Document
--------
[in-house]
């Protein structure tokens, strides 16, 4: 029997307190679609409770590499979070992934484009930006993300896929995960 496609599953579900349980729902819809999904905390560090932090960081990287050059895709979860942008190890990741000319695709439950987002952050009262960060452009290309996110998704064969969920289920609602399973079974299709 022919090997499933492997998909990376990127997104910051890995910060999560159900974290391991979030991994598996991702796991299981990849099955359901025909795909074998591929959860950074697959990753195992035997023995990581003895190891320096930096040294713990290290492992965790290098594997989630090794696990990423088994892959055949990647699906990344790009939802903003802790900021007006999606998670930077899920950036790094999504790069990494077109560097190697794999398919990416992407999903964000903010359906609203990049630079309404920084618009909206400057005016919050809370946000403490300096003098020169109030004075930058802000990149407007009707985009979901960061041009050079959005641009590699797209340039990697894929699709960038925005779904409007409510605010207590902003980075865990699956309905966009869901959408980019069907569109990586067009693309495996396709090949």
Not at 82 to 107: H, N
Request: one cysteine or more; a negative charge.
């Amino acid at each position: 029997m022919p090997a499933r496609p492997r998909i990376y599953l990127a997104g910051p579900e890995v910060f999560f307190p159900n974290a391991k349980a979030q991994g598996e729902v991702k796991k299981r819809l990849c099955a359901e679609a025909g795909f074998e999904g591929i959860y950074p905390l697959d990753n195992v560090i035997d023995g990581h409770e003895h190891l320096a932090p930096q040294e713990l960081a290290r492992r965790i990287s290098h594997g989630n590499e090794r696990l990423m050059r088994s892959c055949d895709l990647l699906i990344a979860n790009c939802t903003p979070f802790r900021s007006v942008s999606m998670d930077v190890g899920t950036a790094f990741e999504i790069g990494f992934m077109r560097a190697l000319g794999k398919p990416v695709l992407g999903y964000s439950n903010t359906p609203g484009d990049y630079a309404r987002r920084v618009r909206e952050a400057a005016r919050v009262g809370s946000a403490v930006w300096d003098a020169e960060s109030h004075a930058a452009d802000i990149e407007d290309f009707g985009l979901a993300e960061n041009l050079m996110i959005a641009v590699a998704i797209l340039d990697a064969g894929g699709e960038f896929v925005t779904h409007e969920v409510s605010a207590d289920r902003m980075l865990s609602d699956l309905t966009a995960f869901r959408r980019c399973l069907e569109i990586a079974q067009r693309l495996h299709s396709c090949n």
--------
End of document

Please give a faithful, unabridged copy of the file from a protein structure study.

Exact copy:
[in-house]
């Protein structure tokens, strides 16, 4: 029997307190679609409770590499979070992934484009930006993300896929995960 496609599953579900349980729902819809999904905390560090932090960081990287050059895709979860942008190890990741000319695709439950987002952050009262960060452009290309996110998704064969969920289920609602399973079974299709 022919090997499933492997998909990376990127997104910051890995910060999560159900974290391991979030991994598996991702796991299981990849099955359901025909795909074998591929959860950074697959990753195992035997023995990581003895190891320096930096040294713990290290492992965790290098594997989630090794696990990423088994892959055949990647699906990344790009939802903003802790900021007006999606998670930077899920950036790094999504790069990494077109560097190697794999398919990416992407999903964000903010359906609203990049630079309404920084618009909206400057005016919050809370946000403490300096003098020169109030004075930058802000990149407007009707985009979901960061041009050079959005641009590699797209340039990697894929699709960038925005779904409007409510605010207590902003980075865990699956309905966009869901959408980019069907569109990586067009693309495996396709090949």
Not at 82 to 107: H, N
Request: one cysteine or more; a negative charge.
């Amino acid at each position: 029997m022919p090997a499933r496609p492997r998909i990376y599953l990127a997104g910051p579900e890995v910060f999560f307190p159900n974290a391991k349980a979030q991994g598996e729902v991702k796991k299981r819809l990849c099955a359901e679609a025909g795909f074998e999904g591929i959860y950074p905390l697959d990753n195992v560090i035997d023995g990581h409770e003895h190891l320096a932090p930096q040294e713990l960081a290290r492992r965790i990287s290098h594997g989630n590499e090794r696990l990423m050059r088994s892959c055949d895709l990647l699906i990344a979860n790009c939802t903003p979070f802790r900021s007006v942008s999606m998670d930077v190890g899920t950036a790094f990741e999504i790069g990494f992934m077109r560097a190697l000319g794999k398919p990416v695709l992407g999903y964000s439950n903010t359906p609203g484009d990049y630079a309404r987002r920084v618009r909206e952050a400057a005016r919050v009262g809370s946000a403490v930006w300096d003098a020169e960060s109030h004075a930058a452009d802000i990149e407007d290309f009707g985009l979901a993300e960061n041009l050079m996110i959005a641009v590699a998704i797209l340039d990697a064969g894929g699709e960038f896929v925005t779904h409007e969920v409510s605010a207590d289920r902003m980075l865990s609602d699956l309905t966009a995960f869901r959408r980019c399973l069907e569109i990586a079974q067009r693309l495996h299709s396709c090949n």